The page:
You must have been listening to the news of the arrival of asteroids often towards Earth which could cause devastating damage. However, most of these asteroids are burnt to ashes in our atmosphere. However, in the coming time, humans might be prepared to deflect a potential planet killing asteroid. For this, the American space agency NASA has started the (Double Asteroid Redirection) DART program. Its purpose is to change the direction of the asteroid in space itself.
Test on 26 september
According to News Bytes, NASA launched the DART mission last year to remove or change the direction of such an asteroid. Now next month i.e. on 26th September it will be tested. Under this, NASA’s spacecraft is going to collide with the asteroid and change its direction. If this mission becomes successful then it can be used in future if needed.
Spacecraft will collide with this asteroid
According to the information, there is an asteroid named Didymos in space. Its diameter is about 780 meters. It is surrounded by a moon-like stone named Dimorphos, whose diameter is 160 meters. The American spacecraft will collide with Dimorphos and try to change its direction.
The mission was launched last year
NASA has said that Dimorphos orbits Didymos at a much slower rate than the orbit of the Sun. Didymos was discovered in 1996 by Joe Montani of the Spacewatch Project at the University of Arizona. At the same time, the DART mission was launched in November 2021.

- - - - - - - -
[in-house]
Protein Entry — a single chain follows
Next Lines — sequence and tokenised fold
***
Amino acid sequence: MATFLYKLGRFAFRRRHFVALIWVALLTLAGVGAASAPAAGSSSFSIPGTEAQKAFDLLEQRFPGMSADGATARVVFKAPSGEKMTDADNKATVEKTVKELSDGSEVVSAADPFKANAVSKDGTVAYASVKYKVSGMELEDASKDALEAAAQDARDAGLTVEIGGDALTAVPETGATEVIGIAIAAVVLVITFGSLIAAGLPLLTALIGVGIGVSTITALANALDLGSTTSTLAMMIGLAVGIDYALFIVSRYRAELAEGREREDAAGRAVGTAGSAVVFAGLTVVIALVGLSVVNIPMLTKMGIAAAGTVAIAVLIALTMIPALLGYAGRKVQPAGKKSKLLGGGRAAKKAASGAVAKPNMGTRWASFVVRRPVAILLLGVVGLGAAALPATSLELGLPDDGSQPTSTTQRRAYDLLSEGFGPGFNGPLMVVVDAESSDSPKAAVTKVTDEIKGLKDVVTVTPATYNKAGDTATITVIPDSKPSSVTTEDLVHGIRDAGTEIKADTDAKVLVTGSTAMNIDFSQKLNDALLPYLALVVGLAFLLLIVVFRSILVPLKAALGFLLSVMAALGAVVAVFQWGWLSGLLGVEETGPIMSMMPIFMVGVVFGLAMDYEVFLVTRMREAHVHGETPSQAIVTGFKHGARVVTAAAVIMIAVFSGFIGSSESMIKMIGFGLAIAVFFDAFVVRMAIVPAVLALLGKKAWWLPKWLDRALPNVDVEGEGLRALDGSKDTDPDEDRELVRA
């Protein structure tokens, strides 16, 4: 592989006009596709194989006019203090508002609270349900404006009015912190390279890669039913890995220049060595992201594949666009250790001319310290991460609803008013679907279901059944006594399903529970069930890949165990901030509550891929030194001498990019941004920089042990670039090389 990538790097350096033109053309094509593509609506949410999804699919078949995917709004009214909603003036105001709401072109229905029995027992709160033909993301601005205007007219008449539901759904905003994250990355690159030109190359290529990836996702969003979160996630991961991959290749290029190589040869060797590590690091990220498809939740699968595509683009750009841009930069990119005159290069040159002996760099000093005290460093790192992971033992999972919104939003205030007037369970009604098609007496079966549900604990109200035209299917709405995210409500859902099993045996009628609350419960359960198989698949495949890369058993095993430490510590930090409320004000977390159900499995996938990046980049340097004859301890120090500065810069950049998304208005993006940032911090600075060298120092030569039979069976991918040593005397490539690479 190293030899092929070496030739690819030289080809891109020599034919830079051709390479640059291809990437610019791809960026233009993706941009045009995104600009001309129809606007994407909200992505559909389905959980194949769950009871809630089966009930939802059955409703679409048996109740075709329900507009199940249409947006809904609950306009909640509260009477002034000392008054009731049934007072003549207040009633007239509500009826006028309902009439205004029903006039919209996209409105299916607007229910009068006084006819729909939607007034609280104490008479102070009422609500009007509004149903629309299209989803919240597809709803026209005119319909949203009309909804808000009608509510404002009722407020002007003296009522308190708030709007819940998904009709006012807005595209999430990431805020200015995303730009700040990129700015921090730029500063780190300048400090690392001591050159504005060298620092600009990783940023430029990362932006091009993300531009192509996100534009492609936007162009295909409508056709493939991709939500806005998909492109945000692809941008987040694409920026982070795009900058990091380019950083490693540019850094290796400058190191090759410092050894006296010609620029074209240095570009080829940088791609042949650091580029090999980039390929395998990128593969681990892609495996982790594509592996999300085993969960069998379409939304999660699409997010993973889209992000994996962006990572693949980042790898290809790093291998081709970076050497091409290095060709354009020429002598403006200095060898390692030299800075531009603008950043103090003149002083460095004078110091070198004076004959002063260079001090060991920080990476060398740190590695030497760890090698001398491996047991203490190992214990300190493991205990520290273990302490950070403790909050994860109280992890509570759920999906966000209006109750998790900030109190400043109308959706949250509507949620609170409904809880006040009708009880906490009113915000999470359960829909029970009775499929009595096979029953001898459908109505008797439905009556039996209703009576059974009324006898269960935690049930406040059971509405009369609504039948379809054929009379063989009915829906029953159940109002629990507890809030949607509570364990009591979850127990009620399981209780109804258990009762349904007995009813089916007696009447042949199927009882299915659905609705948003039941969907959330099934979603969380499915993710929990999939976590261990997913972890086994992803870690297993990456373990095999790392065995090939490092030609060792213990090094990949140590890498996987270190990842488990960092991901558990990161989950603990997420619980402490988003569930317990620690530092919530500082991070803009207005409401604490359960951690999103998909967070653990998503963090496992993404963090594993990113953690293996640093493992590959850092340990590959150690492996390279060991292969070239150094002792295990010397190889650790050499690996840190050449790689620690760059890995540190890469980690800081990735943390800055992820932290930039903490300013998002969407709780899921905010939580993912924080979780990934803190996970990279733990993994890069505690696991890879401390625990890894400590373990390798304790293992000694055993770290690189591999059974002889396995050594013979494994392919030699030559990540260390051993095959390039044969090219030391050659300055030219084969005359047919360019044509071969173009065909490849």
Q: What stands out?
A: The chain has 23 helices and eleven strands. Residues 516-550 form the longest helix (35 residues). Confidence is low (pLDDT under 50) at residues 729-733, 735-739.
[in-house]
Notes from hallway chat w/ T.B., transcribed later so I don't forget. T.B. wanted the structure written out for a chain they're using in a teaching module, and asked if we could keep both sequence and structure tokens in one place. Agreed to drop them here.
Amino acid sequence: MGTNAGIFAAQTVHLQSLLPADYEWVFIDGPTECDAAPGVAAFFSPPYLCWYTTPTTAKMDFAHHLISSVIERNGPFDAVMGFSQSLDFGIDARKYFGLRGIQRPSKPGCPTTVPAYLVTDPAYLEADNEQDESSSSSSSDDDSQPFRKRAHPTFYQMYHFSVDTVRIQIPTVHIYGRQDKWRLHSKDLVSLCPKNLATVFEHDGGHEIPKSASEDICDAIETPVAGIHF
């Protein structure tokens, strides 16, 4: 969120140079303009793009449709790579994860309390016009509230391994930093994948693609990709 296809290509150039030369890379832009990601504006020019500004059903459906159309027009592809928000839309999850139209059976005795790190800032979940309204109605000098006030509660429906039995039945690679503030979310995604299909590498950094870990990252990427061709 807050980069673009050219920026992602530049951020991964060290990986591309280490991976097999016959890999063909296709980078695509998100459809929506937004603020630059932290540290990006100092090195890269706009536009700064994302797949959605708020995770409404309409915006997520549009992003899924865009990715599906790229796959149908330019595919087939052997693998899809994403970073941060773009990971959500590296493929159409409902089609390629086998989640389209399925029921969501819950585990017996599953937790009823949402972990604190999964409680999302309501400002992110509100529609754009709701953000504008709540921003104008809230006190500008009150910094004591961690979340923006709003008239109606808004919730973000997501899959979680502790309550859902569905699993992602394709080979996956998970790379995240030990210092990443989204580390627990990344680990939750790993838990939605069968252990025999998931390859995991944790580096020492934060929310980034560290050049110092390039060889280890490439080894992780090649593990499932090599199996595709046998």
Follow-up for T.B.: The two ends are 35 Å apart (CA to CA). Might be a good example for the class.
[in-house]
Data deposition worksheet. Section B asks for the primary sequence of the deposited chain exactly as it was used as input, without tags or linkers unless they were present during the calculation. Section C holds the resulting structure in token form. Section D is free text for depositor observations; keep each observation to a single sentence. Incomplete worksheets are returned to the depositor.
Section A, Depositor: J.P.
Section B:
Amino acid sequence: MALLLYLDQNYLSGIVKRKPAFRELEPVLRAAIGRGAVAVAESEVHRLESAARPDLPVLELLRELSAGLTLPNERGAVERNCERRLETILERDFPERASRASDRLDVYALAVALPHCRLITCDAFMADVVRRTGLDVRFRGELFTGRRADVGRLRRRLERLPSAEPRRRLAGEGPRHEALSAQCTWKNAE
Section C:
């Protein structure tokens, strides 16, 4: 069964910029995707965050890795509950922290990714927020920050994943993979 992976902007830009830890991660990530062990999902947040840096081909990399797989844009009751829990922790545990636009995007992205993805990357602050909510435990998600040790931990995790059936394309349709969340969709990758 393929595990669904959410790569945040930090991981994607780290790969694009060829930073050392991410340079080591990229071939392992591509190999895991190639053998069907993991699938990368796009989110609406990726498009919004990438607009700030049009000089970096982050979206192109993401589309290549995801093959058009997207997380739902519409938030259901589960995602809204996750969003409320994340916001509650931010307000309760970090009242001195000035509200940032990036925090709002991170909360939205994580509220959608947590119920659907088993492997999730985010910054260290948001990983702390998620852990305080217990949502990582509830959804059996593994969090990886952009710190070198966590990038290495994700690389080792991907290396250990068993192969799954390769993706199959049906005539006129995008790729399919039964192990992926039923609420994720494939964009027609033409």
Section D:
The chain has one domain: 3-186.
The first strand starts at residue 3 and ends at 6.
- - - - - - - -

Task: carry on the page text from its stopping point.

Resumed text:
There will be a collision at a speed of 24 thousand km per hour
NASA’s spacecraft will collide with this asteroid at a speed of about 24,000 kilometers per hour. The scientist hopes that after this collision, the asteroid can change its direction. This mission has been conducted by the Johns Hopkins Applied Physics Laboratory (APL) under the direction of NASA’s Planetary Defense Coordination Office (PDCO).
The technology that will be used in this mission is being called Kinetic Impactor Technique. When NASA’s space plane collides with this asteroid, it will be studied with the telescope on Earth.